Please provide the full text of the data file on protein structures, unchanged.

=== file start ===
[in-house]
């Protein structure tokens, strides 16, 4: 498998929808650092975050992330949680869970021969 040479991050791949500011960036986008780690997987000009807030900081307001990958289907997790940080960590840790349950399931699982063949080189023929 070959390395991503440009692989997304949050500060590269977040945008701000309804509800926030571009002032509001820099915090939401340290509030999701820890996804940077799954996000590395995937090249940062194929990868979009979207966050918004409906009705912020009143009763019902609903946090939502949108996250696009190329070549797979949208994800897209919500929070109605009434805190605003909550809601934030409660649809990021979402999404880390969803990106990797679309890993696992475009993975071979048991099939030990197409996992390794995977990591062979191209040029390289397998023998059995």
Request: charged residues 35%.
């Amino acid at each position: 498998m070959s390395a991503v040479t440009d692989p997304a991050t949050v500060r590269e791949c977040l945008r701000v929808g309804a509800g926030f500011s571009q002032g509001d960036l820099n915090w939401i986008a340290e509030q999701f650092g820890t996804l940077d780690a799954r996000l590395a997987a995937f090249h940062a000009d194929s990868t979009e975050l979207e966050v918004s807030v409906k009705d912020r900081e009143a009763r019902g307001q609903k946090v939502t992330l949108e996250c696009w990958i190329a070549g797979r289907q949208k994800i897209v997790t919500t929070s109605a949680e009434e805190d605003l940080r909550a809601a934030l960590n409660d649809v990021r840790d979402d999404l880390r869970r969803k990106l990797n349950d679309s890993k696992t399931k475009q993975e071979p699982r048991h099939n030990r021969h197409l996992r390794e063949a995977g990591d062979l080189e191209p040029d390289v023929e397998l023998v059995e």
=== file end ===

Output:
[in-house]
């Protein structure tokens, strides 16, 4: 498998929808650092975050992330949680869970021969 040479991050791949500011960036986008780690997987000009807030900081307001990958289907997790940080960590840790349950399931699982063949080189023929 070959390395991503440009692989997304949050500060590269977040945008701000309804509800926030571009002032509001820099915090939401340290509030999701820890996804940077799954996000590395995937090249940062194929990868979009979207966050918004409906009705912020009143009763019902609903946090939502949108996250696009190329070549797979949208994800897209919500929070109605009434805190605003909550809601934030409660649809990021979402999404880390969803990106990797679309890993696992475009993975071979048991099939030990197409996992390794995977990591062979191209040029390289397998023998059995």
Request: charged residues 35%.
């Amino acid at each position: 498998m070959s390395a991503v040479t440009d692989p997304a991050t949050v500060r590269e791949c977040l945008r701000v929808g309804a509800g926030f500011s571009q002032g509001d960036l820099n915090w939401i986008a340290e509030q999701f650092g820890t996804l940077d780690a799954r996000l590395a997987a995937f090249h940062a000009d194929s990868t979009e975050l979207e966050v918004s807030v409906k009705d912020r900081e009143a009763r019902g307001q609903k946090v939502t992330l949108e996250c696009w990958i190329a070549g797979r289907q949208k994800i897209v997790t919500t929070s109605a949680e009434e805190d605003l940080r909550a809601a934030l960590n409660d649809v990021r840790d979402d999404l880390r869970r969803k990106l990797n349950d679309s890993k696992t399931k475009q993975e071979p699982r048991h099939n030990r021969h197409l996992r390794e063949a995977g990591d062979l080189e191209p040029d390289v023929e397998l023998v059995e």